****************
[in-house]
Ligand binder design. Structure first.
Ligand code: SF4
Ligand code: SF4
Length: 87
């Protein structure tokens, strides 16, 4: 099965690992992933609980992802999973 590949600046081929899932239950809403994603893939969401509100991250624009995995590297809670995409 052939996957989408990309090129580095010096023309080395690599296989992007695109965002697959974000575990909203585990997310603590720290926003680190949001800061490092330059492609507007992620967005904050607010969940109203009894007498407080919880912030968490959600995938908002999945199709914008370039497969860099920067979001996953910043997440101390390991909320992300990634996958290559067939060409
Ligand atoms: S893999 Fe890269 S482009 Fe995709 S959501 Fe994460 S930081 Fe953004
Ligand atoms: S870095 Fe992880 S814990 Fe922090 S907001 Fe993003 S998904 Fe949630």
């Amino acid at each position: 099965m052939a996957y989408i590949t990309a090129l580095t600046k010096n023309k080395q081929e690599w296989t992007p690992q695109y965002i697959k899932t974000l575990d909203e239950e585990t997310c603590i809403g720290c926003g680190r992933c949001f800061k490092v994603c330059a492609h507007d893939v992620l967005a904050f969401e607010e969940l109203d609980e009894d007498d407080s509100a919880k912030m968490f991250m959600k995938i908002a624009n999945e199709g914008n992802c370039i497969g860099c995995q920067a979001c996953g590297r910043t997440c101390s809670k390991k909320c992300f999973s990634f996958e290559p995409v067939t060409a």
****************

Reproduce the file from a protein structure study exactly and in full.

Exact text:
[in-house]
Ligand binder design. Structure first.
Ligand code: SF4
Ligand code: SF4
Length: 87
């Protein structure tokens, strides 16, 4: 099965690992992933609980992802999973 590949600046081929899932239950809403994603893939969401509100991250624009995995590297809670995409 052939996957989408990309090129580095010096023309080395690599296989992007695109965002697959974000575990909203585990997310603590720290926003680190949001800061490092330059492609507007992620967005904050607010969940109203009894007498407080919880912030968490959600995938908002999945199709914008370039497969860099920067979001996953910043997440101390390991909320992300990634996958290559067939060409
Ligand atoms: S893999 Fe890269 S482009 Fe995709 S959501 Fe994460 S930081 Fe953004
Ligand atoms: S870095 Fe992880 S814990 Fe922090 S907001 Fe993003 S998904 Fe949630």
């Amino acid at each position: 099965m052939a996957y989408i590949t990309a090129l580095t600046k010096n023309k080395q081929e690599w296989t992007p690992q695109y965002i697959k899932t974000l575990d909203e239950e585990t997310c603590i809403g720290c926003g680190r992933c949001f800061k490092v994603c330059a492609h507007d893939v992620l967005a904050f969401e607010e969940l109203d609980e009894d007498d407080s509100a919880k912030m968490f991250m959600k995938i908002a624009n999945e199709g914008n992802c370039i497969g860099c995995q920067a979001c996953g590297r910043t997440c101390s809670k390991k909320c992300f999973s990634f996958e290559p995409v067939t060409a």